MCA gears up for another battle

DATUK Seri Liow Tiong Lai could not contain his emotions when asked about his party’s fate following its dismal performance in the May national polls.

Zubaidah Abu Bakar, NST

The deputy MCA chief turned away from the reporters waiting for his comments, but they could see tears well up in his eyes when he turned around minutes later.

Liow had earlier admitted that MCA’s losses were a big blow to the 64-year-old party, and that it would be a big challenge to regain the support of the Chinese community.

“I pray the party can overcome the challenge. I believe we can go through the challenge…I really hope we can be united,” he said, his voice choking, and then turned his back.

This incident happened two days after the polls, after Liow and Barisan Nasional members of parliament had a special meeting with Prime Minister Datuk Seri Najib Razak in Parliament.

MCA only won seven parliamentary seats out of 37 and 11 state seats out of 90 it contested. They fared worse than in 2008, where it won 15 parliamentary seats out of 40 and 32 state seats out of 90 it contested.

Now Liow is asking party members for a chance to lead MCA and regain the support of the Chinese community, offering himself as MCA’s new president at the December party polls.

He is said to have the support of current and past leaders, as well as some party divisions. The most recent on Wednesday came from MCA divisions in Selayang, Kuala Selangor, Subang and Serdang.

“What is important is that party grassroots support and welcome Liow’s candidacy. There is now some light at the end of the tunnel for MCA,” says a party divisional leader from Ipoh who requested anonymity.

Altough Liow is thus far alone in declaring his intention at the party polls, the contest for MCA’s presidency is shaping up to be a multi-cornered one.

“Many people think nobody wants the presidency but in fact, many want to be the MCA president because MCA as a business has assets worth several billions” says Monash University political scientist Prof James Chin, who is also Senior Visiting Research Fellow of Singapore’s Institute of Southeast Asian Studies (ISEAS).

And although MCA president Datuk Seri Dr Chua Soi Lek has said he is not defending his post, party insiders and MCA watchers do not expect him to support the candidacy of his second-in-command Liow.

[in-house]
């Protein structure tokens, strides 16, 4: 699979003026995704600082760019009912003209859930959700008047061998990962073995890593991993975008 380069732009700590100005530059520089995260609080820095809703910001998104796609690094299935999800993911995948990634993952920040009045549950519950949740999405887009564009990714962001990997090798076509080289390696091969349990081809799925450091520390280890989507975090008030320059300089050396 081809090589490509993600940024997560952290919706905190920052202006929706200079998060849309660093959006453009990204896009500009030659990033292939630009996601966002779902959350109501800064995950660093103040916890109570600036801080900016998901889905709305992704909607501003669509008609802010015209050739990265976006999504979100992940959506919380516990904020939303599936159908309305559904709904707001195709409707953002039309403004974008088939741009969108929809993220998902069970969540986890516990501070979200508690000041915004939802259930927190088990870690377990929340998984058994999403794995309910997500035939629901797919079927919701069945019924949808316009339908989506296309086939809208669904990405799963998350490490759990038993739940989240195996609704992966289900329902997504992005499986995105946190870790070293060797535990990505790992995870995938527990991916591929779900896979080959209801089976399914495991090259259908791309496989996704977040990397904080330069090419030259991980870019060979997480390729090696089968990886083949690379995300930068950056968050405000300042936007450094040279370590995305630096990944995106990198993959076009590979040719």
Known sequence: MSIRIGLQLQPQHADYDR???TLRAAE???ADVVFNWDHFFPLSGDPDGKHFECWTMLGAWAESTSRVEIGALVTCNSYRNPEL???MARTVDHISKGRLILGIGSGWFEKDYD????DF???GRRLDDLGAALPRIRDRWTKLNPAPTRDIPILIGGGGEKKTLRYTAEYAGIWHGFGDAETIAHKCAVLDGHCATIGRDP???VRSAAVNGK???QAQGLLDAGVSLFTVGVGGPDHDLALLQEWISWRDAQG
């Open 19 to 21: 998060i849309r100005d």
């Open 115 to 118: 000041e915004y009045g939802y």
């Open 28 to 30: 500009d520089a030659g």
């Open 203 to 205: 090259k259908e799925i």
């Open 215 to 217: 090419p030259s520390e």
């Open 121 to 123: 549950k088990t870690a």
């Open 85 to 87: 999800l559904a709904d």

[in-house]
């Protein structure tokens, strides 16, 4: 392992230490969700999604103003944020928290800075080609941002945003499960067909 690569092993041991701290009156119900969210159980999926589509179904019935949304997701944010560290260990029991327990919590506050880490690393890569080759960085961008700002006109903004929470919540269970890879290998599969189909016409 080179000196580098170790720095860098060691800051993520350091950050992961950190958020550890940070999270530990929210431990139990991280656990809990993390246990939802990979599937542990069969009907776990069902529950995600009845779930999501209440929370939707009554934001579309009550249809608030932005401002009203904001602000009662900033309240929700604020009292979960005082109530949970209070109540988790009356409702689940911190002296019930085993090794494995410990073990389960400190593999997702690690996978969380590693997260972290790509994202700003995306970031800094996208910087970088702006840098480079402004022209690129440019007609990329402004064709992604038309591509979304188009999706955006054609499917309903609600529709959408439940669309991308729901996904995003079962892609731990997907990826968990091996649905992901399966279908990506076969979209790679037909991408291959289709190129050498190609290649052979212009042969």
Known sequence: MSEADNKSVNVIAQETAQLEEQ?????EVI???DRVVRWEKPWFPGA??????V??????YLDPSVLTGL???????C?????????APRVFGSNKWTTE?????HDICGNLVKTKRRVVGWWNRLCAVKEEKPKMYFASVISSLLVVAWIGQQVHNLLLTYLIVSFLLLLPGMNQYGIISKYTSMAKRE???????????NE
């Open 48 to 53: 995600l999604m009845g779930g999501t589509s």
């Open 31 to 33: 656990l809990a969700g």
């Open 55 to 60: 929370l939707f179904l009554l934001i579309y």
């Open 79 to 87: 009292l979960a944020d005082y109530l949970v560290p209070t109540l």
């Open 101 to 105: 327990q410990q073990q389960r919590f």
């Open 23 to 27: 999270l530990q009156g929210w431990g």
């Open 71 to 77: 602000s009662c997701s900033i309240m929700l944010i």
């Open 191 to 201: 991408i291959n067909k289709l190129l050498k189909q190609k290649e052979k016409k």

“I believe Dr Chua may decide to go for another term; he still has the support of some 90 per cent of the voting delegates,” says an insider who claims the party president is unhappy with the manner Liow was campaigning for the position.

Liow had said that he decided to contest the president’s post after interacting with grassroots members during a nationwide tour intended to get feedback on MCA’s transformation.

Grassroots members had attacked the MCA leadership at some of these meetings, and the story goes that a very unhappy Dr Chua blurted out against his deputy after a function in Kuala Lumpur.

“I appointed Liow to head the MCA Transformation Taskforce. His duty is to hold nationwide roadshows and listen to grassroots…and not to make it a platform for leaders to kill each other,” he was reported as saying.

The grapevine has it that Dr Chua is still interested to keep his post and is looking for a running mate. Another possibility, should he not defend his post, is a proxy fight via a young candidate without much baggage and enemies within the party nominated to challenge Liow.

Dr Chua is a seasoned politician and strategist. In the 2010 MCA elections, he was the first challenger to win against both incumbent and former party presidents in a three-cornered contest.

Dr Chua had polled 901 votes ahead of former president Tan Sri Ong Ka Ting who polled 833 votes and then president Datuk Seri Ong Tee Keat to become MCA’s 10th president.

Speaking of running mate, who will Liow’s be? Some members say it’s a toss between party youth chief Datuk Seri Dr Wee Ka Siong and central committee member Datuk Seri Ong Ka Chuan.

Others also think Tee Keat might make a comeback since he still enjoys the support of members who look up to him as a leader who is brave to speak out in defence of the community.

Does Liow command support of the 2,500 delegates to the December assembly? It’s hard to say, but the guest list at the wedding reception of former deputy president Tan Sri Chan Kong Choy’s son in Kuala Lumpur recently has been the talk of the town as a show of Liow’s strength.

Some big names in MCA — Dr Chua and Tee Keat, among them — were reportedly not invited to the event.

Party elections are months away, but in politics even a single day is considered very long. Expect to see more developments in the days ahead.